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In terms of multiplayer modes, Battlefield 1 has six to choose from at launch.  Series favourite Conquest, which requires you to hold out your Flag (zone) from enemy onslaught on a large scale.  In a similar vein, Domination also requires you to control and capture your Flag, while eliminating the enemy.  Domination is arguably more frantic, then its Conquest counterpart.  The returning Rush (much like CoD’s Search and Destroy) will require you to infiltrate enemy territory to destroy the opposing teams Telegraphs.

 

You also have the traditional Team Deathmatch, which speaks for itself and a mode new to Battlefield 1 called War Pigeons.  Unfortunately, this isn’t a mode that has mini-guns attached to the wings of pigeons in epic dogfights (which sounds awesome), but instead you must infiltrate the opposing teams base to discover and successfully dispatch  the pigeon free into the skies.  Pigeons were used during The Great War to relay messages of vast importance such as enemy Intel, a decisive factor in how the war was won.

 

Finally we have Operations, another new mode to Battlefield 1 and my personal favourite.  In Operations you battle it out over a choice of four battles,  with map rotation and changing whether you attack or defend with each round.  While this mode is a little time consuming, it was easily the most fun I had with the games multiplayer.  Operations makes you feel invested in the battle, with its story elements and frequent mission status updates.  If you can get friends to join you in this mode (just like any other mode really), then I urge you to do so, because teamwork here is of the added upmost importance.  But whether you play with friends or with randoms, playing as a team in Operations makes you feel a part of something and brings a great deal of satisfaction after a hard-fought victory.

 

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A factor in Battlefield 1 feeling so immersive is largely down to its quality of both its musical score and calibre of voice-acting.  Each and every character is portrayed brilliantly, whether it’s the lead character in the War Stories or those that support the story.  The quality of work here really is top-draw.  Likewise, the musical score is truly epic with the work created by Patrik Andrén and Johan Söderqvist.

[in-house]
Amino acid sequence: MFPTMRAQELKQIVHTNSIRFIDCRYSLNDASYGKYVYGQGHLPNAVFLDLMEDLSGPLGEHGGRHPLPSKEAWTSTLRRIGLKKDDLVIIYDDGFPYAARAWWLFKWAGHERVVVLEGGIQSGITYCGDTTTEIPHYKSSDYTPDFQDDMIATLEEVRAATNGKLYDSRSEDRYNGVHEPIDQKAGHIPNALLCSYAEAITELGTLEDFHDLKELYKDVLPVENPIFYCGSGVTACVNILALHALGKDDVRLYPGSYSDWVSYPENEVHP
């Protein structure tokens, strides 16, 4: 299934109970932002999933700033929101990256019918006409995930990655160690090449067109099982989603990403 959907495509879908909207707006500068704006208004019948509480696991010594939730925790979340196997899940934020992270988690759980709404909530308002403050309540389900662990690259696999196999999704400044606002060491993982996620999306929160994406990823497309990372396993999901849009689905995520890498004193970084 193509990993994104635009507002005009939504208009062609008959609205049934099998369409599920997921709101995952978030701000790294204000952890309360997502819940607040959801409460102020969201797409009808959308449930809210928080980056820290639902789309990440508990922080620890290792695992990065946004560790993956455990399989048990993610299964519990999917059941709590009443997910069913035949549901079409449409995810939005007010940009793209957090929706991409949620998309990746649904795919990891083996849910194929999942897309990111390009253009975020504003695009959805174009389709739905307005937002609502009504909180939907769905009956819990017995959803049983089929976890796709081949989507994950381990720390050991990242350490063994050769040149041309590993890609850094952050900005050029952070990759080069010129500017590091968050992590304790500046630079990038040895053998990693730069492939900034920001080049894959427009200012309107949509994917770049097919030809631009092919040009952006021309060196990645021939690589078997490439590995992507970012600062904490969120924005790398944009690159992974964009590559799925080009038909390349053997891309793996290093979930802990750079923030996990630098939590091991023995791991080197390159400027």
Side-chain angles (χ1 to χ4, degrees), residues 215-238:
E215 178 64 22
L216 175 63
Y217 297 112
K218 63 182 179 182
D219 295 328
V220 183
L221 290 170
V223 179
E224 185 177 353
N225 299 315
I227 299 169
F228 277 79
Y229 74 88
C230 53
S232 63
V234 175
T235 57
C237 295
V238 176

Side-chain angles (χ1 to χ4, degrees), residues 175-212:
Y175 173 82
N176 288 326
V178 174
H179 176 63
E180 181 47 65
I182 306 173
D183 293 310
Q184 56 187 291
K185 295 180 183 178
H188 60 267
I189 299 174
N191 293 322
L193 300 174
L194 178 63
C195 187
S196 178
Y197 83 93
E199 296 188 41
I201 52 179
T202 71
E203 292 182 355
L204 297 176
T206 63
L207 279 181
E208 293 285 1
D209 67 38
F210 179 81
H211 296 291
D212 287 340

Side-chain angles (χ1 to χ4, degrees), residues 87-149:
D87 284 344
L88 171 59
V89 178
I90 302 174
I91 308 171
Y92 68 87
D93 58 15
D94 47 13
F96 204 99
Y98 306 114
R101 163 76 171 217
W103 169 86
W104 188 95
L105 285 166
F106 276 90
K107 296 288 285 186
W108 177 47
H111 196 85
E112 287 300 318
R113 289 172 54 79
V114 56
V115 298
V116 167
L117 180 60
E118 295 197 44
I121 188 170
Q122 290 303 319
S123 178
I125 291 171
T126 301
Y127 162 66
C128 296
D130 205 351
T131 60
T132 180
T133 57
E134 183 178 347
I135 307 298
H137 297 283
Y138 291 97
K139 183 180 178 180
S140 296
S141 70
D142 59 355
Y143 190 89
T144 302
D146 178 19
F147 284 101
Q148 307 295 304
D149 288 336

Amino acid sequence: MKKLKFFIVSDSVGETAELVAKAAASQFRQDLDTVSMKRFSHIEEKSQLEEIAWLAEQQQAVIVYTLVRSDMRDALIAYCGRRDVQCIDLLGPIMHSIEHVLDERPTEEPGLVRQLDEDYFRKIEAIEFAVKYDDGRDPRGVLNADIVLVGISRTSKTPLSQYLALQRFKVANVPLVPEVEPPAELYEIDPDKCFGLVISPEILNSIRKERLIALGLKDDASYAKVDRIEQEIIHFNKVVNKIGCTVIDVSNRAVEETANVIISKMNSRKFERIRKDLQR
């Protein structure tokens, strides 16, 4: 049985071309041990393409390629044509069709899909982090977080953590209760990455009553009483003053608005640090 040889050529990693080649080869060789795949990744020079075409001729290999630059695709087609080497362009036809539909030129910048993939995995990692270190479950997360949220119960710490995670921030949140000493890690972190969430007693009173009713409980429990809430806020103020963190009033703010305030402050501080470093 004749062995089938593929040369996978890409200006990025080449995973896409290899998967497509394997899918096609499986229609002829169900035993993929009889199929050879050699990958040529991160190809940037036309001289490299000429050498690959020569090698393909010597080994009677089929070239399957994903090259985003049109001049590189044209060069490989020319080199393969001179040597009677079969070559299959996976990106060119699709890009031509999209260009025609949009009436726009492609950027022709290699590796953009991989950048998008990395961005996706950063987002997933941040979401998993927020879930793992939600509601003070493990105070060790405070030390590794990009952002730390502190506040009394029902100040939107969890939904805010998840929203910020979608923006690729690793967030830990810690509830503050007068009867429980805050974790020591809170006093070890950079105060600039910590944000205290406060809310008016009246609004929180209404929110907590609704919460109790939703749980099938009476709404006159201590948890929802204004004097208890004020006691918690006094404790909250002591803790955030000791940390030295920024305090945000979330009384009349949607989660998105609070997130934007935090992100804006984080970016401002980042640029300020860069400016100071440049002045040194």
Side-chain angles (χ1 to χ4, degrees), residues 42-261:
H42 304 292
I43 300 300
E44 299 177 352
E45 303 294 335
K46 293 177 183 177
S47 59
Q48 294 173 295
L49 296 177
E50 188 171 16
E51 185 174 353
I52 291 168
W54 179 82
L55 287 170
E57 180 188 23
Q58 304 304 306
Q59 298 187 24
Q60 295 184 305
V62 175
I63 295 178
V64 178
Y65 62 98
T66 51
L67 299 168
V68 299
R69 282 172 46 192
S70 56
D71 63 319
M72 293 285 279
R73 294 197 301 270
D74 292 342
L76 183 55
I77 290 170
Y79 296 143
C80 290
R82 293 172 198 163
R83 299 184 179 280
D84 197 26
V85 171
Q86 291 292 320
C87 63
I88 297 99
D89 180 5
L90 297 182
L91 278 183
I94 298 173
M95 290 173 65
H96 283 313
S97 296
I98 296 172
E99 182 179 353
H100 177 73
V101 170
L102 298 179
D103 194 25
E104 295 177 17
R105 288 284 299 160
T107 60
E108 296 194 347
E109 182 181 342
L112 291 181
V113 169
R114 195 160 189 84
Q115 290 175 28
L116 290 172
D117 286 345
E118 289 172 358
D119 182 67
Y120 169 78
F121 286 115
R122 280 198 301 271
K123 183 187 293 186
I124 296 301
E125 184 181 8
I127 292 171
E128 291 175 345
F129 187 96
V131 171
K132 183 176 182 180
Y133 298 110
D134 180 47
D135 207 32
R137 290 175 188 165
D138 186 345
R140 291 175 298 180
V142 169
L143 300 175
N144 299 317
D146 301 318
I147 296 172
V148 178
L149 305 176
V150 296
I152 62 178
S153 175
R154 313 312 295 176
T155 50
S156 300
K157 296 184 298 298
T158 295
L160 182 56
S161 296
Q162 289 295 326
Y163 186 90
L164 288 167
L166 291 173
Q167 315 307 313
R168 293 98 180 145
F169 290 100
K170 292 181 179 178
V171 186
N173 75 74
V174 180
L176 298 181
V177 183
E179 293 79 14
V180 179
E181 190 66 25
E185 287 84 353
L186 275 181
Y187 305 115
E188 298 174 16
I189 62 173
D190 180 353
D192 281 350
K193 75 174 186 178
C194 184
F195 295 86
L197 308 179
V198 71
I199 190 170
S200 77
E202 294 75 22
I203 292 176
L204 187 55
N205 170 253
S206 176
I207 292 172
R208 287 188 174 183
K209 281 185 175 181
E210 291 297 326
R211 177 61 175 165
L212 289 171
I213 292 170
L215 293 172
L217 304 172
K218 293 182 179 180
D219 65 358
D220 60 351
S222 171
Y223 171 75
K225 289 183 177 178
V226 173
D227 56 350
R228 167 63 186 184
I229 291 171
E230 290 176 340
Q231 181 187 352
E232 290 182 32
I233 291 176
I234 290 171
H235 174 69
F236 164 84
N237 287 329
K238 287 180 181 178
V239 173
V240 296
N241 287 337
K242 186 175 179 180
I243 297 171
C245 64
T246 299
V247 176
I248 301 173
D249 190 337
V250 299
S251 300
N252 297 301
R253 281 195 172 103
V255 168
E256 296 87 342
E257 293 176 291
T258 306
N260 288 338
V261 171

In conclusion, despite its bleak tone (which is fully justified and understandable), its short lived campaign had me gripped throughout, though I do wish it had just one or two more stories thrown in for good measure.  However, the real fun to be had is with its finely tuned and well crafted multiplayer component.  Whether you’re playing Operations or even Team Deathmatch, it’s a game that defines the meaning ‘battle’ in almost every sense of the word.  If you can look passed its short, but sweet War Stories, you’ll find that Battlefield 1 sits proudly at the pinnacle of the war themed FPS genre.  If this is the best that the genre has to offer right now, I can’t wait to see what DICE and EA has in-store for us next.  Battlefield 1 is also a rarity, a game that in my humble opinion, has most certainly lived up to the hype.

 



Author

Richard Lee Breslin
Richard Lee Breslin

30+ years of gaming with no signs of ever stopping. I have a BDes Hons Games Development and Digital Media, and I hope to one day turn my passion for gaming and writing into a living. My favourite gaming series are Resi Evil, Metal Gear Solid, Silent Hill, Assassin's Creed, Uncharted and The Last of Us. I collect gaming merchandise, comics and movies. I love football (namely Aston Villa) and WWE. I can also often be found wondering the outskirts of Raccoon City. Follow me on Twitter @Solidus5nake